The Apostolic Fathers

Many, if not most, writings in this category [Apostolic Fathers] were treated as Scripture alongside the Gospels and apostles' epistles by some Christian churches in the second century. In fact, one way of understanding this category is as the books that came to be judged orthodox but barely missed being judged canonical, inspired Scripture when the Christian canon was being determined. In other words, these writings were hardly distinguished from the writings of the apostles by some Christians in the Roman Empire but were ultimately excluded because they received no universal agreement as Scripture . . .
-- Roger E. Olsen, The Story of Christian Theology


I've been reading a translation of the Apostolic Fathers lately, and, despite their inclination toward moralism, they're very refreshing to read. In fact, if Christians used the Apostolic Fathers as a theological resource on certain issues, they could help shed light on the way many first-generation believers viewed certain cultural and doctrinal issues. For example ...

Abortion

You shall not murder ... you shall not abort a child or commit infanticide.

-- Didache 2:2


Baptism

Now concerning baptism, baptize as follows: after you have reviewed all these things, baptize in the name of the Father and of the Son and of the Holy Spirit in running water. But if you have no running water, then baptize in some other water; and if you are not able to baptize in cold water, then do so in warm. But if you have neither, then pour water on the head three times in the name of the Father and Son and Holy Spirit.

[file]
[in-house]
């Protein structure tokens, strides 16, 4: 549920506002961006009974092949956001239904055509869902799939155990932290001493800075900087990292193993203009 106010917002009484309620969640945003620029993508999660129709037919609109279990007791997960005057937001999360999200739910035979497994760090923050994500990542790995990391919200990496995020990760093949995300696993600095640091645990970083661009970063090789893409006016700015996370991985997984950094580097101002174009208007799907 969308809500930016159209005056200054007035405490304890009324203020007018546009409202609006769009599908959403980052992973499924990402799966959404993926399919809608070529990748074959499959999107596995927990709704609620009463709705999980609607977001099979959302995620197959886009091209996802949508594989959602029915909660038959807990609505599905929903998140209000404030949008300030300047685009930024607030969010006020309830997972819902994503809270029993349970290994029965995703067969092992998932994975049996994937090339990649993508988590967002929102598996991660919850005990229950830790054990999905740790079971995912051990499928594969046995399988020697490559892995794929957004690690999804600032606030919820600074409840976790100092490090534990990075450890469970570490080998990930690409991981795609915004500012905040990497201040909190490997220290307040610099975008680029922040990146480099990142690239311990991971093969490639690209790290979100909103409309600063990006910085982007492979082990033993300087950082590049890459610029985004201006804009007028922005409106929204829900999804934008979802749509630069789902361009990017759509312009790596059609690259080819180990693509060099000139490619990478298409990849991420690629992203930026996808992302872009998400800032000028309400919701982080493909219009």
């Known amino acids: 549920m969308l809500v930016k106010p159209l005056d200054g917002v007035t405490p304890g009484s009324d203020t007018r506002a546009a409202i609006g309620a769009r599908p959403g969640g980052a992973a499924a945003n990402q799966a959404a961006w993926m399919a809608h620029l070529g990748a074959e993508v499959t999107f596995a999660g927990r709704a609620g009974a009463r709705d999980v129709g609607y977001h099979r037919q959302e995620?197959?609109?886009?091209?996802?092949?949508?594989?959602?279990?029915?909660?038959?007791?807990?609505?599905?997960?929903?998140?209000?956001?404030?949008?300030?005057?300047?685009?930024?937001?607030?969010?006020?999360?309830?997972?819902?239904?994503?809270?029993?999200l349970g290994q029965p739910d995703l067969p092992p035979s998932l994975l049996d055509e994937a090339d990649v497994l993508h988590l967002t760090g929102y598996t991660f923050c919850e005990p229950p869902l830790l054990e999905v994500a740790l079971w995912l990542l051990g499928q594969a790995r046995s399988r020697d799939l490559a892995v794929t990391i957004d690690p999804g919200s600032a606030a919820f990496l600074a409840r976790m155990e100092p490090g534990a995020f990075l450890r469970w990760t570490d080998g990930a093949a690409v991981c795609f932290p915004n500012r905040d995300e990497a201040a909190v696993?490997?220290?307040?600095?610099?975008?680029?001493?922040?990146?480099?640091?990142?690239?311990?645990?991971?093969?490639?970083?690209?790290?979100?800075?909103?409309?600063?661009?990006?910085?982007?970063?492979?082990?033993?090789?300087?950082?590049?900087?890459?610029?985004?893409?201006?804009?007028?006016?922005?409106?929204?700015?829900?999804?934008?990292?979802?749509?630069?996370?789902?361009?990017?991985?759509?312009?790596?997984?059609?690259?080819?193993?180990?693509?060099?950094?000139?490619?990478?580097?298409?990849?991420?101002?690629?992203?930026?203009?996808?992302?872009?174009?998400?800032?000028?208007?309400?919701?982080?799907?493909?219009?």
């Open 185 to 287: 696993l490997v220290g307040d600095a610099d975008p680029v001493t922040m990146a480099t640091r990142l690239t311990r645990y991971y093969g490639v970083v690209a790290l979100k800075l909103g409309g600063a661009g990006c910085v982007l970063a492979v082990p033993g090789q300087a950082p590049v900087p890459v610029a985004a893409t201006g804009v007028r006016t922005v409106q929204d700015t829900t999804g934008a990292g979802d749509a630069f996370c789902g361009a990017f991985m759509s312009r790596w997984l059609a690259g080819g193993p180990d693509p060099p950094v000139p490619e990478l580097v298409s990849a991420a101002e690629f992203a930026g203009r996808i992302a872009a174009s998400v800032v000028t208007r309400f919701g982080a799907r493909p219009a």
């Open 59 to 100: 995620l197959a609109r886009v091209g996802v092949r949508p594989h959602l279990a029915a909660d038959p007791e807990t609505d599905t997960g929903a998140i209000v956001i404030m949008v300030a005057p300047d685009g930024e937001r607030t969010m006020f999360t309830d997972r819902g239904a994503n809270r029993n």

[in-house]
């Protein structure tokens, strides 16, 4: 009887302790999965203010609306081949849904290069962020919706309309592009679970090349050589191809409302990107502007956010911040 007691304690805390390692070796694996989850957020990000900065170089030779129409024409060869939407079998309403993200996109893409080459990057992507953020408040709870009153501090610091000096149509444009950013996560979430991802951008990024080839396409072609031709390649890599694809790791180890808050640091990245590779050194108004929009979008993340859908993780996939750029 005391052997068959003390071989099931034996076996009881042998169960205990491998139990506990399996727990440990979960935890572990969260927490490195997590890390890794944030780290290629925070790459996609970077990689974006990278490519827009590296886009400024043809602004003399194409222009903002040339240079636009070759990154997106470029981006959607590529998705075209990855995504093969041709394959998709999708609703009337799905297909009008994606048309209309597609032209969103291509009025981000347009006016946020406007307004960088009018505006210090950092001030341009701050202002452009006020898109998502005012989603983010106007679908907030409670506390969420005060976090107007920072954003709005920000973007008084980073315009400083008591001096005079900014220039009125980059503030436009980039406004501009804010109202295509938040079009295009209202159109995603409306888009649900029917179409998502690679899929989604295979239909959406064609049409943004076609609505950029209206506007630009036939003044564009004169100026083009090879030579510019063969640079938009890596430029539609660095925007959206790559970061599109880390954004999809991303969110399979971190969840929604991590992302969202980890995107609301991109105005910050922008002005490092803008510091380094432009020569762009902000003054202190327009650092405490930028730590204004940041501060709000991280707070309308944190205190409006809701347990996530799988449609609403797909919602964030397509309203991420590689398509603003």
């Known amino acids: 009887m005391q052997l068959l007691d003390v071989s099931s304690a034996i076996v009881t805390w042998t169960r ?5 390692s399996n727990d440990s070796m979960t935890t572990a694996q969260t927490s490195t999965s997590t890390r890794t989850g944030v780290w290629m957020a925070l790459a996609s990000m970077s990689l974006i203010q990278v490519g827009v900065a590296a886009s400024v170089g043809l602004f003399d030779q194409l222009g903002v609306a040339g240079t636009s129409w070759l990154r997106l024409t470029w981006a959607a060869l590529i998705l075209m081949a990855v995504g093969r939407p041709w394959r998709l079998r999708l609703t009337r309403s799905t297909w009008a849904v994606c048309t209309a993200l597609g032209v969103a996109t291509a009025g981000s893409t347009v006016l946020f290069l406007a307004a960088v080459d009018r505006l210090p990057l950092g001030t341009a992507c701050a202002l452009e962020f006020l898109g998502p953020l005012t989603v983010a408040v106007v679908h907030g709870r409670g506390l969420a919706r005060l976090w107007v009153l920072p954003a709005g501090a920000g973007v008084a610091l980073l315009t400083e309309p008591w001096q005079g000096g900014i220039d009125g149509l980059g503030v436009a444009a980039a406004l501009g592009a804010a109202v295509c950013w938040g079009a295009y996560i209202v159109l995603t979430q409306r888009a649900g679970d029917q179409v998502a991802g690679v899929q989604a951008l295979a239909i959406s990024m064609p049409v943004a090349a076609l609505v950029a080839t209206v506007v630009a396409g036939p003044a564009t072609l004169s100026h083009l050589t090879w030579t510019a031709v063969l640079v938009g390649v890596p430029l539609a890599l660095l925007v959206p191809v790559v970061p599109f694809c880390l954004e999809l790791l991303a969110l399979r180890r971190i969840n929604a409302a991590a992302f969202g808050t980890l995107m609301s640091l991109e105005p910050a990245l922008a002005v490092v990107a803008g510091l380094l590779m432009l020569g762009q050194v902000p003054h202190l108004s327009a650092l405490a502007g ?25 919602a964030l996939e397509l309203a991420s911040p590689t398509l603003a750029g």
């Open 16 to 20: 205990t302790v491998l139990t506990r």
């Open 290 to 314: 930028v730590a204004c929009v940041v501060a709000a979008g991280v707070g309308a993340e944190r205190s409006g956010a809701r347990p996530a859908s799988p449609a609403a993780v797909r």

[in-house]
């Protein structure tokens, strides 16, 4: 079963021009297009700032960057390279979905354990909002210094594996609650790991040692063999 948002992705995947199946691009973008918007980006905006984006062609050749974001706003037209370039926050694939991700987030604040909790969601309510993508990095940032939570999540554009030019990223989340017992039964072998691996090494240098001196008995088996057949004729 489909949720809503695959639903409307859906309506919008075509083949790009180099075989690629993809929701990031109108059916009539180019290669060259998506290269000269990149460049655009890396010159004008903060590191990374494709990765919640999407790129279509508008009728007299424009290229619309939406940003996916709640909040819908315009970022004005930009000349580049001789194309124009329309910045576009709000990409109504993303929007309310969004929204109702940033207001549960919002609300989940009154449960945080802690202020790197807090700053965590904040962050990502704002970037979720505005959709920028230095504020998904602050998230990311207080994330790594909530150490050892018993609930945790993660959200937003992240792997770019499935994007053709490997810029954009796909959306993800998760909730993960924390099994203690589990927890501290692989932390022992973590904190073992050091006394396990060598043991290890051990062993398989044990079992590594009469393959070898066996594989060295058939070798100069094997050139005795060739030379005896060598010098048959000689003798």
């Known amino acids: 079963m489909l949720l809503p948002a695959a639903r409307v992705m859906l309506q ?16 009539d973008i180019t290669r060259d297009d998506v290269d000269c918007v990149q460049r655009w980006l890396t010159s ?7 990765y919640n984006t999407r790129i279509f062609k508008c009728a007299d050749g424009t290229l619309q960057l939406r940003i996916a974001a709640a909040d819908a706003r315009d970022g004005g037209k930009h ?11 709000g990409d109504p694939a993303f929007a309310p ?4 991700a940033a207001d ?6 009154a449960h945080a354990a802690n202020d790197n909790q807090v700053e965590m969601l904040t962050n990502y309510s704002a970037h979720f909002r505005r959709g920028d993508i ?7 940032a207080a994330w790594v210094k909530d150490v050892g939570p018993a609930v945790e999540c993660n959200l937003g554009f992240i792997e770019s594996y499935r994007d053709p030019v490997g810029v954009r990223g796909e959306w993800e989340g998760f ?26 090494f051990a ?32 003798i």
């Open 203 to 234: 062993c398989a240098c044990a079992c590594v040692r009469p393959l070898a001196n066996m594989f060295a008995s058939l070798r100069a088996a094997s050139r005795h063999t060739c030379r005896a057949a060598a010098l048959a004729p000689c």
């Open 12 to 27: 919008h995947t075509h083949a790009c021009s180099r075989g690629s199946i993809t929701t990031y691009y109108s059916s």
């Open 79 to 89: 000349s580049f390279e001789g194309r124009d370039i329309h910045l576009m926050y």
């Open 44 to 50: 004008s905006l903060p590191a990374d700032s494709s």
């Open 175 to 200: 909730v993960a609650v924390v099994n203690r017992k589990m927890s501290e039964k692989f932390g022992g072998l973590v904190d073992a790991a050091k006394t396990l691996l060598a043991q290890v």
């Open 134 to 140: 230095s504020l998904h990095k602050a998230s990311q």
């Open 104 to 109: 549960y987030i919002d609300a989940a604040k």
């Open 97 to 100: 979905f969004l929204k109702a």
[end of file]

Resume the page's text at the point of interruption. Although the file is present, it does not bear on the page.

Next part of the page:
-- Didache 7:1-3


The Godhead

The Lord submitted to suffer for our souls, even though he is Lord of the whole world, to whom God said at the foundation of the world, "Let us make humankind according to our image and likeness," . . .

-- Barnabas 5:5


Those are only a few examples of certain theological and moral issues that the Apostolic Fathers have something to say about. To be sure, the Apostolic Fathers are not Scripture, but, as Olsen said, they are by-and-large considered orthodox. Sure, in many ways they truly didn't understand the Gospel of Grace, but they didn't have the luxury of the full revelation of Scripture that we now possess.

Furthermore, it's important to note that the Apostolic Fathers were the guys who, in many instances, knew the apostles. For example, Polycarp was a disciple of John. While they didn't have the full canon of Scripture to rely on, they did have a close association with the apostles. They were Christianity's first theologians.

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